Well, avoid it as much as you can, you do eventually have to start to throw out the empties and scrape the pizza cheese from the door frames. Clothes need burning and rugs need disinfecting – the business of a house never finishes.
Well, it is the same with your computer and hard drive storage. I have taken to mine with a flensing knife and discovered just how much fat could be cut off and boiled down for additional storage space. In technical terms…a lot.
I have been using Nikon and Fujifilm cameras for 7 1/2 years now as well as earlier episodes with an Epson scanner – and gradually the iMac and hard drive have been filling up. But until this week I did not realise how sparse some areas were while others were chock-a-block with excessive material.
I shot RAW with the Nikon cameras and then boiled the results down to psd files and eventually on to jpegs. But true to the advice from every website, I kept the RAW files and the psd’s as well as the jpegs – with the vague notion that I would need to redo them and would be better at it the second time. Some jobs that have been perfectly well received and have been completed for all practical purposes in a dozen shots – and been completed for 7 years – have another two hundred files sitting at their back clogging up the drives.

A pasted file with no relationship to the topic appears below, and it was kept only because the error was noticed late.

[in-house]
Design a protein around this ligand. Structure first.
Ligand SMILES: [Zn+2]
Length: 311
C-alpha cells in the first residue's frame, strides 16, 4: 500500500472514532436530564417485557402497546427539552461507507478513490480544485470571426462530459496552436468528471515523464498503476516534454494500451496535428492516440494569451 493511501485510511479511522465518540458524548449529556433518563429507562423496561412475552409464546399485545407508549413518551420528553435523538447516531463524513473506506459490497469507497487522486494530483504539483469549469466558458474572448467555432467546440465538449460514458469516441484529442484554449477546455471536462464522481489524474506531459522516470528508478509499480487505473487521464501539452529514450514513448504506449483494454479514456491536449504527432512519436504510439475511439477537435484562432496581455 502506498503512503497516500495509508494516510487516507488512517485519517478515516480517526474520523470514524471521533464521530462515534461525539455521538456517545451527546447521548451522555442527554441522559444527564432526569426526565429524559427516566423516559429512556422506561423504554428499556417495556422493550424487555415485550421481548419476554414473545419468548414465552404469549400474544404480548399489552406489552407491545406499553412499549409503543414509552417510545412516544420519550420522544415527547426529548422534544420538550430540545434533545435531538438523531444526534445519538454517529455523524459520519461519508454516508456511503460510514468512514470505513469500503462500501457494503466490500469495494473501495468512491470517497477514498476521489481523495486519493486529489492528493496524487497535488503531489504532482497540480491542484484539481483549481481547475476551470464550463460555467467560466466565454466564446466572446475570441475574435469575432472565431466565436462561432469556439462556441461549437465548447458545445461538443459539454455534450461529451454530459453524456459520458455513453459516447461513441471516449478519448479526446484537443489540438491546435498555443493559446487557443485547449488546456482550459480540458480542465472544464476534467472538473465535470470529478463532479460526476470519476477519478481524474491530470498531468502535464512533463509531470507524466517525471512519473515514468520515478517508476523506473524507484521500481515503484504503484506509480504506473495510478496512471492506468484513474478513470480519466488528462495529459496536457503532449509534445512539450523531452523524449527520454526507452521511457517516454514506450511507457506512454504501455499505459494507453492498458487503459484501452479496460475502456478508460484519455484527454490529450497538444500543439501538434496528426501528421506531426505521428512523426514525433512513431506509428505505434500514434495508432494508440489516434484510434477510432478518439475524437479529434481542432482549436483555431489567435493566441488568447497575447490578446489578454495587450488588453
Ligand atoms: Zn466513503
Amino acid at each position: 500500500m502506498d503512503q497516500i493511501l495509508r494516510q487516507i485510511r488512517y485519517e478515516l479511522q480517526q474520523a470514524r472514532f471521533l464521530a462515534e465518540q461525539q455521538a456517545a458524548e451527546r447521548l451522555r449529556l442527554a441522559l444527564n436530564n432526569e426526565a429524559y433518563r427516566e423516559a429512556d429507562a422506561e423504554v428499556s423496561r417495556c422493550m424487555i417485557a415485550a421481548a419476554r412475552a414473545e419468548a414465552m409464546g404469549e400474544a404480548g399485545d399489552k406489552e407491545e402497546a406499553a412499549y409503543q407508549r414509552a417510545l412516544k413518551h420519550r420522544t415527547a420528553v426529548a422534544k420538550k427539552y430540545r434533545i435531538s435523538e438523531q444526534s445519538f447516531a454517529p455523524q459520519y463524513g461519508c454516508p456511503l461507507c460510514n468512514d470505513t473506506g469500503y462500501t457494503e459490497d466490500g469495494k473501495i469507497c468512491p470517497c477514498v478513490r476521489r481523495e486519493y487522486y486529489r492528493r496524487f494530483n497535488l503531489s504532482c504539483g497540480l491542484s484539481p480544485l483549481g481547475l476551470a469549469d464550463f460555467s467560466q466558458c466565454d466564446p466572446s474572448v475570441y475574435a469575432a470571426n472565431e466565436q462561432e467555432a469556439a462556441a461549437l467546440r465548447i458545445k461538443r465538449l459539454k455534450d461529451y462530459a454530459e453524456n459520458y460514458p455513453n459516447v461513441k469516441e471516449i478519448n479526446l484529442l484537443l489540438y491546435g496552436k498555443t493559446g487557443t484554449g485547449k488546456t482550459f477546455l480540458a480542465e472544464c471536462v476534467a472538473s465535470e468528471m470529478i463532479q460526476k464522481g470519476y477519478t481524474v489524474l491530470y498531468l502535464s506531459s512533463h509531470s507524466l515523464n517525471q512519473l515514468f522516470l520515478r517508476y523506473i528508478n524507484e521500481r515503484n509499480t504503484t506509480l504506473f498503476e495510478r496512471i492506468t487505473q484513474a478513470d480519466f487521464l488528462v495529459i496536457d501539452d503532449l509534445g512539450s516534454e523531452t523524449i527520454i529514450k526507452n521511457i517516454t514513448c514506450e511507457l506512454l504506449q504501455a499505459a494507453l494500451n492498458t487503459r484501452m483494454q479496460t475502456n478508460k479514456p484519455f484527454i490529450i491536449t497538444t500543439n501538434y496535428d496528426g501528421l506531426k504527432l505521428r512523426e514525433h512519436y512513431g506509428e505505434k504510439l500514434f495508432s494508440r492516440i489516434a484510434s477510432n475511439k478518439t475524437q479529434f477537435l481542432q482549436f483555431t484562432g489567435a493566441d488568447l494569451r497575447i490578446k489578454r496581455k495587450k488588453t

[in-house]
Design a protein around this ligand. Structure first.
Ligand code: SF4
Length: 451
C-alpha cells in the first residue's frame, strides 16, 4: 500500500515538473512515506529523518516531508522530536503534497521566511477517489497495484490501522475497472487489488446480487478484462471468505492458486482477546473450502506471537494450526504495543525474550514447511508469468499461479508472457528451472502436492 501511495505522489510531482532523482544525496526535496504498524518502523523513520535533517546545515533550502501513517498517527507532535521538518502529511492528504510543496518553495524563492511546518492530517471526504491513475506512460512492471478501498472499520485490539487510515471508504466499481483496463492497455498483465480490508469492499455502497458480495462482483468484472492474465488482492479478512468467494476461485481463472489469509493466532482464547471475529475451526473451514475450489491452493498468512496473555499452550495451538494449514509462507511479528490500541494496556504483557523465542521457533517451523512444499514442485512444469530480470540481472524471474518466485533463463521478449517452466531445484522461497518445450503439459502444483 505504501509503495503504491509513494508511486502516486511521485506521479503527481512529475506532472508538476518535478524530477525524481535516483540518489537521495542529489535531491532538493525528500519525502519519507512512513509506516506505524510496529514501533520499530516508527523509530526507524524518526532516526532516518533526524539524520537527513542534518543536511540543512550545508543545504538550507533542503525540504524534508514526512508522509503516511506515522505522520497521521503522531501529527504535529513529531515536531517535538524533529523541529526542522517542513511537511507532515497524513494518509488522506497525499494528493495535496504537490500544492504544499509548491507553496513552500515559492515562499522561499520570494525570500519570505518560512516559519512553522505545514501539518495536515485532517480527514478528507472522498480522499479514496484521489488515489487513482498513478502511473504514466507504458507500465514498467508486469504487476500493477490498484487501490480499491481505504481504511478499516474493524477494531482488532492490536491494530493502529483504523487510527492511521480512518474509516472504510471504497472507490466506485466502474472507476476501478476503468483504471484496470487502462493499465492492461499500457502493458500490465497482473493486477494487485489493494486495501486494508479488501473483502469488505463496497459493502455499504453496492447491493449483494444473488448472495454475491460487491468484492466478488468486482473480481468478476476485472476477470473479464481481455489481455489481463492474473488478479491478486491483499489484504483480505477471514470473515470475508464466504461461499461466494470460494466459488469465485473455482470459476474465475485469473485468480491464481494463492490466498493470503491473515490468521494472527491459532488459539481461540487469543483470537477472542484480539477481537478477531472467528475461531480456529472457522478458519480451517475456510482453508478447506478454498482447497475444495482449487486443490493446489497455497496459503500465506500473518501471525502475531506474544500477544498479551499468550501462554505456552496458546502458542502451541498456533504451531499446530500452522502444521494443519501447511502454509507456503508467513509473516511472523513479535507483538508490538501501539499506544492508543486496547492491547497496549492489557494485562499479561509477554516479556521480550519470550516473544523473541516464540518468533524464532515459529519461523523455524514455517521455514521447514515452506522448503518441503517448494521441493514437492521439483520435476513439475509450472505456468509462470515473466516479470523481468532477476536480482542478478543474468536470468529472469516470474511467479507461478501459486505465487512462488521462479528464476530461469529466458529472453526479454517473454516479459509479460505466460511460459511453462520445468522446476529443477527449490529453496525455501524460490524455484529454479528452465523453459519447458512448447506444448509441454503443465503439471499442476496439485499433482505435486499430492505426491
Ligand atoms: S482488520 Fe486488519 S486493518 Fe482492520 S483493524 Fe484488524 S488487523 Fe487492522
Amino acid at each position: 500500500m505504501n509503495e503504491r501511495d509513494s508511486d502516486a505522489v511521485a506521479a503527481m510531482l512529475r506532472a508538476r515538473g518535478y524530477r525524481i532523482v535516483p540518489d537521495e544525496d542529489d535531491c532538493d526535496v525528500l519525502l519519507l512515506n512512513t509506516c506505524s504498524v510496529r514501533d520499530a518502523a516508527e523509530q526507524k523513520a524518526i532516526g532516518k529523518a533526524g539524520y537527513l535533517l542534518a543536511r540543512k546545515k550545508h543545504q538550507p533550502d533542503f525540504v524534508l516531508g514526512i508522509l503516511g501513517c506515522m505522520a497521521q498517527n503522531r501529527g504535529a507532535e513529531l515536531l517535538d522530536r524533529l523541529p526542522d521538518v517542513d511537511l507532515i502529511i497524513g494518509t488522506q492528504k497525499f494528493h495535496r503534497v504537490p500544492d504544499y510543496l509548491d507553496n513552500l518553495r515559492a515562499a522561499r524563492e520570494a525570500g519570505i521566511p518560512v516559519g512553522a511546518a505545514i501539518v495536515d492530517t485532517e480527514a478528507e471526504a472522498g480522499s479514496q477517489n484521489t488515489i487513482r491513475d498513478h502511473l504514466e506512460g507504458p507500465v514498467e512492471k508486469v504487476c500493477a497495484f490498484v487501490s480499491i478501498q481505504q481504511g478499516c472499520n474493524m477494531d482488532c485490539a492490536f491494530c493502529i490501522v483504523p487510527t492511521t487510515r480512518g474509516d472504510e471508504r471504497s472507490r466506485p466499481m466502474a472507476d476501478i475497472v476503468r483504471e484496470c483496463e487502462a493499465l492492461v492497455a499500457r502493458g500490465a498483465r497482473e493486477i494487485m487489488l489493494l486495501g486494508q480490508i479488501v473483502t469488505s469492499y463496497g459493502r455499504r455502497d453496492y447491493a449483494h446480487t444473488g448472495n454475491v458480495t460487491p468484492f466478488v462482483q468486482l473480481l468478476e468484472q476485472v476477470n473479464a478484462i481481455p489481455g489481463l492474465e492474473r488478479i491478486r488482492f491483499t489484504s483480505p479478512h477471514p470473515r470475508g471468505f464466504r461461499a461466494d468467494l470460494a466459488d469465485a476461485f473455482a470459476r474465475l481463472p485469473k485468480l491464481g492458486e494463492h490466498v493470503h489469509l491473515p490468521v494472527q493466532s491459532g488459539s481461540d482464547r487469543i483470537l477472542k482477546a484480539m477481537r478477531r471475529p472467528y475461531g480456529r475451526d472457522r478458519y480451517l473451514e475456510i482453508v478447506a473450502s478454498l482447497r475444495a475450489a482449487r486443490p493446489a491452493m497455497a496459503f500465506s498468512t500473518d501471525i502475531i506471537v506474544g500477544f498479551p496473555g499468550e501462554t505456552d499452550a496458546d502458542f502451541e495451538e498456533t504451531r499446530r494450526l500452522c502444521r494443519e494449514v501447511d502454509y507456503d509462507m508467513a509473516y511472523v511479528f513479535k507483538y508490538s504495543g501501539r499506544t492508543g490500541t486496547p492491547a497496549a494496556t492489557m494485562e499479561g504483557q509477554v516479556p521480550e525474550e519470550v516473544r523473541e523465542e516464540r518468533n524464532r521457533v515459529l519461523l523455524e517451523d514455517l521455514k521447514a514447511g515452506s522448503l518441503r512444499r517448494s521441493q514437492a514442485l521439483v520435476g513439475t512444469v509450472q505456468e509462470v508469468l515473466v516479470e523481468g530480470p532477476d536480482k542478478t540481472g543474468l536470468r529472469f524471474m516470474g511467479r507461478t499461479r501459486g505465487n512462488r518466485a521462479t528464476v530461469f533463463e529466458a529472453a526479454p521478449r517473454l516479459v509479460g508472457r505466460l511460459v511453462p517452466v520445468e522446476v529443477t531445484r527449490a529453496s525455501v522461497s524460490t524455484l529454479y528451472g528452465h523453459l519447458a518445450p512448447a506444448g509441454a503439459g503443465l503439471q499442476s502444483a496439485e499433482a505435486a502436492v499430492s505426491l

Well, I took the bull by the horns this week and tossed a number of these – and watched the pie chart that is the capacity gauge on my Drobo system crawl back down a significant amount. I admire people who have immense storage facilities and precise cataloging systems in place but I am afraid I will be concentrating on quality rather than quantity in the future. You may put it down to parsimony if you wish but I prefer to think of it as the training of the sheet film photographer – get it right in as few shots as you can, because every click of the shutter is costly.